Behind the embassy riots

Behind the embassy riots

September 18th, 2012 in Opinion Times

Americans trying to make sense of the wave of violent protests against U.S. diplomatic stations that have swept across the Muslim world in the past week are unlikely to find a singular explanation. The American-made film that debases the Prophet Muhammad and the Islamic religion clearly proved to be a ready ignition source: As many critics note, it's akin to shouting "fire" in a crowded theater. But angry Islamists were stoked for trouble well before the degrading, low-budget film, "Innocence of Muslims" -- and more specifically, the trailer on YouTube --provided focus for the latest tinderbox reaction.

Religious and cultural misunderstandings are partial answers. Muslims in a score of countries from Africa to the Middle East to Southeast Asia generally are unaware of, or don't understand, the basic rule of freedom of personal speech that prevents the U.S government, and governments in many other western countries, from imposing harsh strictures on citizens' free-speech rights. In most Muslim-ruled countries, citizens don't enjoy such rights. Their individual liberties are curtailed or denied by strict or tyrannical governments, and offenses bring punishment.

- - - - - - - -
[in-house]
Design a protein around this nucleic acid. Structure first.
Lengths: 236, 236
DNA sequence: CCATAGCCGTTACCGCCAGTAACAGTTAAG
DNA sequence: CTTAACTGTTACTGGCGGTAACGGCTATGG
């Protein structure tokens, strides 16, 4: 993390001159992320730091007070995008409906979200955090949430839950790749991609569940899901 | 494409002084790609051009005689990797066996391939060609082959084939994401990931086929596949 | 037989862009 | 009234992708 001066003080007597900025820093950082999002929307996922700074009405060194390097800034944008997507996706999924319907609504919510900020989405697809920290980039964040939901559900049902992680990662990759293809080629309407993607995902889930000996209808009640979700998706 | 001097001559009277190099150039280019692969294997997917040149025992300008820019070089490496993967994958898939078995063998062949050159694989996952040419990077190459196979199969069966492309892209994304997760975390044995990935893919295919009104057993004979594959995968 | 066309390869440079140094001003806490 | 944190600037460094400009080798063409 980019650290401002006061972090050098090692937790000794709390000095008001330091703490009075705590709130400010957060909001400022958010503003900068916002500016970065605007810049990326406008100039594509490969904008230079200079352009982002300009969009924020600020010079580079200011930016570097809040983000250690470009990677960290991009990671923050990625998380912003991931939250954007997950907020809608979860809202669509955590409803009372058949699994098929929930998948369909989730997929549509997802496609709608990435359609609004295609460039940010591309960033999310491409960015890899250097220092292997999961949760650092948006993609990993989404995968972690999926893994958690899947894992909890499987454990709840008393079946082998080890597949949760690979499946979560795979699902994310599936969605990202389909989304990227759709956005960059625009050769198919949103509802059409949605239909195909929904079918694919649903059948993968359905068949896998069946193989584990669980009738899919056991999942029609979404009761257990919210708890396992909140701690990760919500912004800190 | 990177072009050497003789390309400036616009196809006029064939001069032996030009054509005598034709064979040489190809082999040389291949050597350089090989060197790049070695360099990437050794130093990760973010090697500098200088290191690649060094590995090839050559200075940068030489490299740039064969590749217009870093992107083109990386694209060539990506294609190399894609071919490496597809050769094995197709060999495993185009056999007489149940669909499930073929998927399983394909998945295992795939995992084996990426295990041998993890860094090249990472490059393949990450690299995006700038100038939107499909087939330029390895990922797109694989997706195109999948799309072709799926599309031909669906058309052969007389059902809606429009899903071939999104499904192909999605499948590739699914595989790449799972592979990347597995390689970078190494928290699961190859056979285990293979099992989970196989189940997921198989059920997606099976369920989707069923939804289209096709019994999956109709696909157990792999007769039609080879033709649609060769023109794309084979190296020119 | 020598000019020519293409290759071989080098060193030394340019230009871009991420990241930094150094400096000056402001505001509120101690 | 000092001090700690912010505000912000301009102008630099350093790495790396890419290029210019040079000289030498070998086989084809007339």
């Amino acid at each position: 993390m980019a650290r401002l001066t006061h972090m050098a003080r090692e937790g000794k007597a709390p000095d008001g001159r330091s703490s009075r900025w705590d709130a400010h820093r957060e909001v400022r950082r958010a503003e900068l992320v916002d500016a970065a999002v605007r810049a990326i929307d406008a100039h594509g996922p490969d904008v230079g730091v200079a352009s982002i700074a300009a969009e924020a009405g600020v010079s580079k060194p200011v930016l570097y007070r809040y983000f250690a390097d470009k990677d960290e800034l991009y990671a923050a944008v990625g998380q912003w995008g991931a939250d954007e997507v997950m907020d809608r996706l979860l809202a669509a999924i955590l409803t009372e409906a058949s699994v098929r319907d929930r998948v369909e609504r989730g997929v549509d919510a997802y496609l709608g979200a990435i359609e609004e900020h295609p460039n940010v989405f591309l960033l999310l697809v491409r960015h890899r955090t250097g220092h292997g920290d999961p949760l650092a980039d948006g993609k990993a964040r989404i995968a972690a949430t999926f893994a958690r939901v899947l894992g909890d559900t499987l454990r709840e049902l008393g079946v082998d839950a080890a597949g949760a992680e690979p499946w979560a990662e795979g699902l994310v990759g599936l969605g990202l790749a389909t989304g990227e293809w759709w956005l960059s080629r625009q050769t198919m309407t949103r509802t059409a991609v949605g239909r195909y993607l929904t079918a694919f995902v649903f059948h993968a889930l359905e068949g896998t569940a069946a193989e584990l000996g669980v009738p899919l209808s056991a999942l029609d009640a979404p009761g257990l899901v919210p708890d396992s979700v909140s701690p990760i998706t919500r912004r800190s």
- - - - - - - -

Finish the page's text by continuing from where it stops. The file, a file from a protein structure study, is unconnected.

Control of government aside, many mainstream Islamists adhere to larger social and religious tenets that restrain ridicule of different religions outside their own country. They would not feel at liberty to debase another religion elsewhere, so they don't understand why debasement of their religion is allowed by western countries.

Mainstream governments in many Islamic governments, to be sure, allow plenty of street antagonism and suppression of minority religions. Yet however hypocritical, observant Muslims still find it alarming that the United States and other western countries don't appear to honor or protect Muslims' group values in behalf of their religion. And that plays into their group defense of the Muslim religion, which in their view is a higher calling than defense of individual liberties.

There's also more than a decade of poisonous U.S. history in American wars in Afghanistan and Iraq, and perceived meddling and interference other Muslim countries from Yemen to the Arab Emirates to Pakistan and beyond. Muslims readily cite the dismal abuse of Muslims in Iraq's Abu Ghraib prison, U.S. soldiers' debasement of Muslim corpses in Afghanistan, denigration and burning of the Koran, drone strikes in several Muslim countries that kill innocents of all ages, and mistreatment of Muslims in Guantanamo Bay.

Other factors cited by Muslim observers as fodder for the protests include frustration on the street with the failure of the Arab Spring movement to bestow democratic reform after the fail of tyrannies; and incitement by rebels, terrorists and al Qaida to stir protests among disgruntled, disillusioned reform advocates. Libyan officials report evidence of the latter in the attack last week in Benghazi that killed four Americans.

President Obama's quick response to shore up military defense of embassy and consular offices and to secure support from host governments appears to be quelling the violent protests. But securing immediate safety is not a remedy for anti-American attacks. The larger problem is how to enhance tolerance and mutual respect for others' religious beliefs, both through foreign policy and at home.